Insights on How to Improve Your SEO with DNN
Recently, I presented a webinar,
How to Improve Your SEO with DNN. It was a well-attended session with a torrent of questions that I couldn’t keep up with or answer in the time available. I’m always happy to see people engaged in a topic and like to answer their questions. Instead of the usual practice of emailing individual answers, I decided to share the questions and provide the answers. Thanks to all who participated.
And now, onto the questions. I have grouped these into general categories to give a generic answer that hopefully efficiently answers more than one question at once.
On SEO features within DNN Editions
Does this Webinar refer to the DNN Platform or Evoq Content & Social products? [Jeremy]
Is the URL Preview and Customization available only in the DNN Licensed versions? [David]
So the Advanced URL Management is only available in Evoq Content? [Megan]
Can the URL Providers be used with DNN Platform, or is it only available in Evoq Content and Evoq Social? [Jeremy]
Most of the features covered in the webinar are available in our
open source DNN Platform. A few features, however, are exclusively available in our commercial edition, Evoq Content:
- URL Testing and Preview function
- Creation of custom redirects for pages and creation of URLs with various domains
The URL Providers functionality is built into all versions of DNN. The bulk of the information (structuring content, custom URLs) is applicable to all versions of DNN, though the webinar demo was done on version 7.2.2 of DNN. I recommend that
everyone upgrade to the latest version of DNN to take advantage of these features.
On Duplicate Content
Duplicate Content – does the use of Vanity URLs hurt page ranking? [Dan]
If you create a page named "login.aspx" that is used to display a custom login module that is used instead of the default login page, does DNN consider the new page a duplicate page? [Clay]
Would you think that having a different language version of the same content is classed as duplicate content? [Chris]
Photo source: User Sam UL on
Duplicate Content refers to content that is reachable by a search engine under more than one URL. To enforce a single URL per page of content,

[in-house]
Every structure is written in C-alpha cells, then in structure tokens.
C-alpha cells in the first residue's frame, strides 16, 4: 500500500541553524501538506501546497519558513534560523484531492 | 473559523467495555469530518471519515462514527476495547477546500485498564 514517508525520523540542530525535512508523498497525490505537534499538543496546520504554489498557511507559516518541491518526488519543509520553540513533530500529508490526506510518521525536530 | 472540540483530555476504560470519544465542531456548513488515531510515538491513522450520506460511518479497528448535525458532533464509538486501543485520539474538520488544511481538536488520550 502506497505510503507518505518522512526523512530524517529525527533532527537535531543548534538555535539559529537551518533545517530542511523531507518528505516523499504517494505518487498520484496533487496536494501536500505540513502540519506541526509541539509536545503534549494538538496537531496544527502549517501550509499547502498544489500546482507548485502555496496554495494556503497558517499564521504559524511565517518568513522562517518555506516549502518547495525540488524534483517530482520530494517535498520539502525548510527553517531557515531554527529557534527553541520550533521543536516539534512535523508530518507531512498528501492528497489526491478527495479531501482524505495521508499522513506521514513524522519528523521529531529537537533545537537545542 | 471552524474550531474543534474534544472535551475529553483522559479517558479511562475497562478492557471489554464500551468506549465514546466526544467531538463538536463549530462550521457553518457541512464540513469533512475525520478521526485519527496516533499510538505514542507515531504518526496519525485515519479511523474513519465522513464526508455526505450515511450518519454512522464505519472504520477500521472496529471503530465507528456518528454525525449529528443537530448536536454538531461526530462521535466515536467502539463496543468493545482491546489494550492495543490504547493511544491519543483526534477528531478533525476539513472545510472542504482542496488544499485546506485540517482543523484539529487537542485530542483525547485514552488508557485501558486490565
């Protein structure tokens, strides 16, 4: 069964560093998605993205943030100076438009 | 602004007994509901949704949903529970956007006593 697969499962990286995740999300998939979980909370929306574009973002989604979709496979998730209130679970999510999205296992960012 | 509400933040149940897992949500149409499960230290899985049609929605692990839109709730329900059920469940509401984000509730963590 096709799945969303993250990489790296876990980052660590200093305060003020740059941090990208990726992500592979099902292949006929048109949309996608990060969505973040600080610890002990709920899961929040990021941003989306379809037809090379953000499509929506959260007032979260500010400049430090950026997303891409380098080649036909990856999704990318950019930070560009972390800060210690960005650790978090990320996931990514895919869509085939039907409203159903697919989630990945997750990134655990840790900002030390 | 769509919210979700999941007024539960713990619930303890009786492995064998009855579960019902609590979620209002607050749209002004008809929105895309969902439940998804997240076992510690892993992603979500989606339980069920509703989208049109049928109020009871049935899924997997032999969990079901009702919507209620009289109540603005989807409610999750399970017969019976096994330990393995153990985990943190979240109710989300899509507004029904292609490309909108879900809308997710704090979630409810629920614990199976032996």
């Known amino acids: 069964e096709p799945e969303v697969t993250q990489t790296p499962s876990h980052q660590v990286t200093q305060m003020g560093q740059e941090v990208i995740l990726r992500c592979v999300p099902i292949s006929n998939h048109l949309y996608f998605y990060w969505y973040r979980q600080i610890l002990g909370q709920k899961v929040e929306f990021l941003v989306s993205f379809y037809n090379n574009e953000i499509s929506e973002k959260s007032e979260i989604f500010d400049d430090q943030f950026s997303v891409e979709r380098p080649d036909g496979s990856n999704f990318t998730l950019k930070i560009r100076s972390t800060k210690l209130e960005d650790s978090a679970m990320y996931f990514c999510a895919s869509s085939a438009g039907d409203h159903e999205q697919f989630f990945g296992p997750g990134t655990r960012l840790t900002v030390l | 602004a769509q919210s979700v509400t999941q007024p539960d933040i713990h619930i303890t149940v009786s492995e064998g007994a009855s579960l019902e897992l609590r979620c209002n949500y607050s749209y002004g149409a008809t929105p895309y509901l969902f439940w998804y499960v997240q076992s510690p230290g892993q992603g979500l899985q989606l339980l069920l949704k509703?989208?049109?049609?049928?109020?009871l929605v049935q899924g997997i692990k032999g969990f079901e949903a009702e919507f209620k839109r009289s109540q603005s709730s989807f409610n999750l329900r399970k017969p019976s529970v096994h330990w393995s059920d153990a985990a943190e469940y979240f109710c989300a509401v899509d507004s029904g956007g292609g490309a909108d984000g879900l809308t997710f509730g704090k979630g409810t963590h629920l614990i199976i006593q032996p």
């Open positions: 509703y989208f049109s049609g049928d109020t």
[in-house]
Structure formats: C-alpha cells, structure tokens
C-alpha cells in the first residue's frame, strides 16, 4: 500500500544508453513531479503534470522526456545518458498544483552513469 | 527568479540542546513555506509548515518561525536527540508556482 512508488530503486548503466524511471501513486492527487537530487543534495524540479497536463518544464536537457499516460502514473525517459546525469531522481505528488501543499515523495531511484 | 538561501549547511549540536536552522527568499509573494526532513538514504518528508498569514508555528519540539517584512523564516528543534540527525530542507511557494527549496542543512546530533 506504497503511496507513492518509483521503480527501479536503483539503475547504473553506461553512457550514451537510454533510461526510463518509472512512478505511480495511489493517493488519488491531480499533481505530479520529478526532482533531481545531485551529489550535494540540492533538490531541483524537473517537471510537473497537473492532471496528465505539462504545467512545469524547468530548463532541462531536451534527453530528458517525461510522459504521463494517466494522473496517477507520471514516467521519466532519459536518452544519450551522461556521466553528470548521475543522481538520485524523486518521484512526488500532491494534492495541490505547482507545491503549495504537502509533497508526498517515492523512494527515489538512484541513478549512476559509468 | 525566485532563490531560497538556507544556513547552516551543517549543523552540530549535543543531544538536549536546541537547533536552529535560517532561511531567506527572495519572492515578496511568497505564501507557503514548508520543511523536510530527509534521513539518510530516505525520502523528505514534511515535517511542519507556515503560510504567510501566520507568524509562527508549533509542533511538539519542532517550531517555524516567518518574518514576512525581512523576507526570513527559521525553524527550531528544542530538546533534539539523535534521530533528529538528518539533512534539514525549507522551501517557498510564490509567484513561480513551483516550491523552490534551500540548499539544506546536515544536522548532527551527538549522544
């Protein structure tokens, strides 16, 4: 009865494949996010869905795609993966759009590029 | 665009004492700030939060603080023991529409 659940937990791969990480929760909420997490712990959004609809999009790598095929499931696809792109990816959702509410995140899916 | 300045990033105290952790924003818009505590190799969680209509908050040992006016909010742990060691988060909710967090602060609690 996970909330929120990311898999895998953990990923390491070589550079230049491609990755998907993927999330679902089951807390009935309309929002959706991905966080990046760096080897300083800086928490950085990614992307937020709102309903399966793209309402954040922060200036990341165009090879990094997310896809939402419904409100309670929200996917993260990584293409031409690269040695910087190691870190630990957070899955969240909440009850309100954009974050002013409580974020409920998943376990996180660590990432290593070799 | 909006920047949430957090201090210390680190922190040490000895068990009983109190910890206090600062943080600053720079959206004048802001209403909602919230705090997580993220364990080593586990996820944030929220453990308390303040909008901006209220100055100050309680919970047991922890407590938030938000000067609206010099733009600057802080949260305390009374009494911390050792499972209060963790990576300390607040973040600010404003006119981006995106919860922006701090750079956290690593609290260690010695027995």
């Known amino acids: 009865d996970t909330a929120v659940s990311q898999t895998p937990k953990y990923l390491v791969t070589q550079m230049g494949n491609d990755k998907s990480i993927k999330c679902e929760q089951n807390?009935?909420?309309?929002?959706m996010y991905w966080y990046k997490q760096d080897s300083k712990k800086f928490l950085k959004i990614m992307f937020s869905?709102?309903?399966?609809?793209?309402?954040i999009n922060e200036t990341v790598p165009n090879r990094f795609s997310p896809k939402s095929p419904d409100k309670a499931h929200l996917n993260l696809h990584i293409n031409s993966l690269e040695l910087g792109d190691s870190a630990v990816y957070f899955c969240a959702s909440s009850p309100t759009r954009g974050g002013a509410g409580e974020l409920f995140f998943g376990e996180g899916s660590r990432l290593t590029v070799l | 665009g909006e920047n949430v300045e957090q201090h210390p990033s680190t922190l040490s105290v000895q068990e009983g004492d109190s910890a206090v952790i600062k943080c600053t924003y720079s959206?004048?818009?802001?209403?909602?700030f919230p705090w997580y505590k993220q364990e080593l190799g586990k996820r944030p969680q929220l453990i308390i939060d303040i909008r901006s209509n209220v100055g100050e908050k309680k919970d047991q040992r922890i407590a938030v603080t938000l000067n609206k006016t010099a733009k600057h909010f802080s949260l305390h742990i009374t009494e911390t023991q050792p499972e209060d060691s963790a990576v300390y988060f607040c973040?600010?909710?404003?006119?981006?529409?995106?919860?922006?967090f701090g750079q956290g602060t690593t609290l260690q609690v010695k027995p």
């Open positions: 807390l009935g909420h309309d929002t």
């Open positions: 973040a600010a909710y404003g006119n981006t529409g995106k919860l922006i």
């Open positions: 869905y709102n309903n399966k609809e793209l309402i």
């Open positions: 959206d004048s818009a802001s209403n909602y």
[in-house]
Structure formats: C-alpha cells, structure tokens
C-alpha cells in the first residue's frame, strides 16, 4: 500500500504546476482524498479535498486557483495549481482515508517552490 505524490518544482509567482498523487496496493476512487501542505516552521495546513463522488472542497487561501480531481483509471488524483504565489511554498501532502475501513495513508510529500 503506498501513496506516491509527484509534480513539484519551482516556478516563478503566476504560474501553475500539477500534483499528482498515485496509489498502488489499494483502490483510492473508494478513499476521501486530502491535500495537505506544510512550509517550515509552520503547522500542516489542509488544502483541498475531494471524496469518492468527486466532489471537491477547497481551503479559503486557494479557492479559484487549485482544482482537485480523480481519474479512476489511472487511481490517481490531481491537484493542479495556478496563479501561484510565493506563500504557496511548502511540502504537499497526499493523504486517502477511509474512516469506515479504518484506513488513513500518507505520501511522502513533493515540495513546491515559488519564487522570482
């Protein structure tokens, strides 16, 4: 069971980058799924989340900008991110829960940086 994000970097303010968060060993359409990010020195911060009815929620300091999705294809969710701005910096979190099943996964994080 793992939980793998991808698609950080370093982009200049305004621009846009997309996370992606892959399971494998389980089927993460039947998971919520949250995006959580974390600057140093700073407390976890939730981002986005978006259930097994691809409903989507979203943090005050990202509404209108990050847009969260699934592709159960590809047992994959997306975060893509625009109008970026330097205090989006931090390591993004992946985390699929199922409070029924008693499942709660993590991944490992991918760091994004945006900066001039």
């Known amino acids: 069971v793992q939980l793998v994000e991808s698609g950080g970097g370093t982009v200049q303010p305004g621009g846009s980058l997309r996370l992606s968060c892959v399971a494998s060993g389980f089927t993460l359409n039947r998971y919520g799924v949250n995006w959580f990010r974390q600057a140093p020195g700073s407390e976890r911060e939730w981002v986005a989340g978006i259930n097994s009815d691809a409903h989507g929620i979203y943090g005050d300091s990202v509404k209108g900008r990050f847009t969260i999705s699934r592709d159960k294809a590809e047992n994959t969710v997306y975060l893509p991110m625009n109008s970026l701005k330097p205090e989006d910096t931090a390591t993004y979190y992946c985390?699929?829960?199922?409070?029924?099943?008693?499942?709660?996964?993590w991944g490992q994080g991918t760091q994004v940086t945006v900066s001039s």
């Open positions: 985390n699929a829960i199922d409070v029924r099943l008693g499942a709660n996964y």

search engines penalize pages that are available under more than one URL by either ranking lower or completely excluding from search results. This keeps quality high in search results: nobody likes seeing a Search Engine Results Page (SERP) with 10 different variations of the same content.
Vanity URLs refer to short URLs using a persons real name, alias or username within a site. For the most part, a search engine crawler cannot distinguish between a user profile page and a page of content about a person. So the concept of vanity URLs is meaningless from the search engine point of view. Many pages accessed by vanity URLs will look similar to a search engine. But very similar is NOT duplicate.
As long as each page is different, it’s not duplicate content.
With respect to the login pages in DNN: it is possible to create a customized login page that replaces the standard DNN login functionality. As the custom page replaces the standard control, it is not duplicate content, because only one version of the page exists for the URL. Also,
nobody tries to get their login page to rank, so it’s not really worth worrying about these types of pages.
Different language is another item that often comes up under duplicate content discussions. It is a good idea to have localized pages if you have a global audience who expect to see content in their native language.
DNN can support localization by varying the site alias, which can be done with different top-level domains (e.g. .fr for France, .de for Germany, etc.). This, coupled with different languages, helps optimize content for specific languages and local versions for search engines. This is definitely NOT duplicate content. Even though the page might say the same thing, it’s definitely not the same page, so there is no problem with regard to duplicate content.